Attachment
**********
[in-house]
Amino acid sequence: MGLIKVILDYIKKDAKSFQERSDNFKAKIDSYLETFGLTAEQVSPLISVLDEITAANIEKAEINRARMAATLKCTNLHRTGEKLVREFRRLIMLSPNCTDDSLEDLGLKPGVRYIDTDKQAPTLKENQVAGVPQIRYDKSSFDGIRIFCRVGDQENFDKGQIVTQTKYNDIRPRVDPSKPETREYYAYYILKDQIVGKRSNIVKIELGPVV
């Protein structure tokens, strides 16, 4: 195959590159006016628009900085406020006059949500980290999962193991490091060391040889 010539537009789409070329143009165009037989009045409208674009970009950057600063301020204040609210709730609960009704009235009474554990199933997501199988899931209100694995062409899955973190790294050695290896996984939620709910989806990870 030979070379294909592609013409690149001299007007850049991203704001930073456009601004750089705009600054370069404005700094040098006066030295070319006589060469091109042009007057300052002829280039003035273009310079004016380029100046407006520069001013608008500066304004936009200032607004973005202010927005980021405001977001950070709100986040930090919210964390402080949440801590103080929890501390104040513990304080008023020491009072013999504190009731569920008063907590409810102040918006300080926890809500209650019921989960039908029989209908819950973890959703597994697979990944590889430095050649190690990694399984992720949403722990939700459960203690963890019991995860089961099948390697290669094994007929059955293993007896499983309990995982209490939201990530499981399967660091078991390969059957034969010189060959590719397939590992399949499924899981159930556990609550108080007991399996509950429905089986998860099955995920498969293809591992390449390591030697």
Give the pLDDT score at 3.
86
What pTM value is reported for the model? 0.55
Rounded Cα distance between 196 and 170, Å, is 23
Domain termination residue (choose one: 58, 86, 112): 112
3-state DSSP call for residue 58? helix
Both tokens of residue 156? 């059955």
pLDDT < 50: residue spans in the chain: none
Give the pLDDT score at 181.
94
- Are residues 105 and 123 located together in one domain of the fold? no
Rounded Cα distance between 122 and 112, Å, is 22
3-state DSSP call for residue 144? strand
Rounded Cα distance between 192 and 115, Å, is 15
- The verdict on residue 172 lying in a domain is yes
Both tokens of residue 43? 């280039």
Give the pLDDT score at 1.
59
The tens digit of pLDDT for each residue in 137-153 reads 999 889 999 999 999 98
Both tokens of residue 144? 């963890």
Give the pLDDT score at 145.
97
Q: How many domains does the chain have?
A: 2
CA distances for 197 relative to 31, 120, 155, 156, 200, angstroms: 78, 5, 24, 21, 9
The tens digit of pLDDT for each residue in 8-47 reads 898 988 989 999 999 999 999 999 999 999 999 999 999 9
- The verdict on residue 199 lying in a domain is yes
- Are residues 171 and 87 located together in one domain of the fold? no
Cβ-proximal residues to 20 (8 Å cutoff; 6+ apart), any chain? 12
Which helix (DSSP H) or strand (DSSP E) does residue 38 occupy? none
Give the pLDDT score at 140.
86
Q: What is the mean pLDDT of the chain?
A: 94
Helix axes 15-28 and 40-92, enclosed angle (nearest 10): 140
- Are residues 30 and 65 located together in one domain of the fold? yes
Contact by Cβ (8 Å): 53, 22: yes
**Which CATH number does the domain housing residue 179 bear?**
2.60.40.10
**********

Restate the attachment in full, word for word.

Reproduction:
[in-house]
Amino acid sequence: MGLIKVILDYIKKDAKSFQERSDNFKAKIDSYLETFGLTAEQVSPLISVLDEITAANIEKAEINRARMAATLKCTNLHRTGEKLVREFRRLIMLSPNCTDDSLEDLGLKPGVRYIDTDKQAPTLKENQVAGVPQIRYDKSSFDGIRIFCRVGDQENFDKGQIVTQTKYNDIRPRVDPSKPETREYYAYYILKDQIVGKRSNIVKIELGPVV
């Protein structure tokens, strides 16, 4: 195959590159006016628009900085406020006059949500980290999962193991490091060391040889 010539537009789409070329143009165009037989009045409208674009970009950057600063301020204040609210709730609960009704009235009474554990199933997501199988899931209100694995062409899955973190790294050695290896996984939620709910989806990870 030979070379294909592609013409690149001299007007850049991203704001930073456009601004750089705009600054370069404005700094040098006066030295070319006589060469091109042009007057300052002829280039003035273009310079004016380029100046407006520069001013608008500066304004936009200032607004973005202010927005980021405001977001950070709100986040930090919210964390402080949440801590103080929890501390104040513990304080008023020491009072013999504190009731569920008063907590409810102040918006300080926890809500209650019921989960039908029989209908819950973890959703597994697979990944590889430095050649190690990694399984992720949403722990939700459960203690963890019991995860089961099948390697290669094994007929059955293993007896499983309990995982209490939201990530499981399967660091078991390969059957034969010189060959590719397939590992399949499924899981159930556990609550108080007991399996509950429905089986998860099955995920498969293809591992390449390591030697």
Give the pLDDT score at 3.
86
What pTM value is reported for the model? 0.55
Rounded Cα distance between 196 and 170, Å, is 23
Domain termination residue (choose one: 58, 86, 112): 112
3-state DSSP call for residue 58? helix
Both tokens of residue 156? 């059955």
pLDDT < 50: residue spans in the chain: none
Give the pLDDT score at 181.
94
- Are residues 105 and 123 located together in one domain of the fold? no
Rounded Cα distance between 122 and 112, Å, is 22
3-state DSSP call for residue 144? strand
Rounded Cα distance between 192 and 115, Å, is 15
- The verdict on residue 172 lying in a domain is yes
Both tokens of residue 43? 């280039």
Give the pLDDT score at 1.
59
The tens digit of pLDDT for each residue in 137-153 reads 999 889 999 999 999 98
Both tokens of residue 144? 């963890």
Give the pLDDT score at 145.
97
Q: How many domains does the chain have?
A: 2
CA distances for 197 relative to 31, 120, 155, 156, 200, angstroms: 78, 5, 24, 21, 9
The tens digit of pLDDT for each residue in 8-47 reads 898 988 989 999 999 999 999 999 999 999 999 999 999 9
- The verdict on residue 199 lying in a domain is yes
- Are residues 171 and 87 located together in one domain of the fold? no
Cβ-proximal residues to 20 (8 Å cutoff; 6+ apart), any chain? 12
Which helix (DSSP H) or strand (DSSP E) does residue 38 occupy? none
Give the pLDDT score at 140.
86
Q: What is the mean pLDDT of the chain?
A: 94
Helix axes 15-28 and 40-92, enclosed angle (nearest 10): 140
- Are residues 30 and 65 located together in one domain of the fold? yes
Contact by Cβ (8 Å): 53, 22: yes
**Which CATH number does the domain housing residue 179 bear?**
2.60.40.10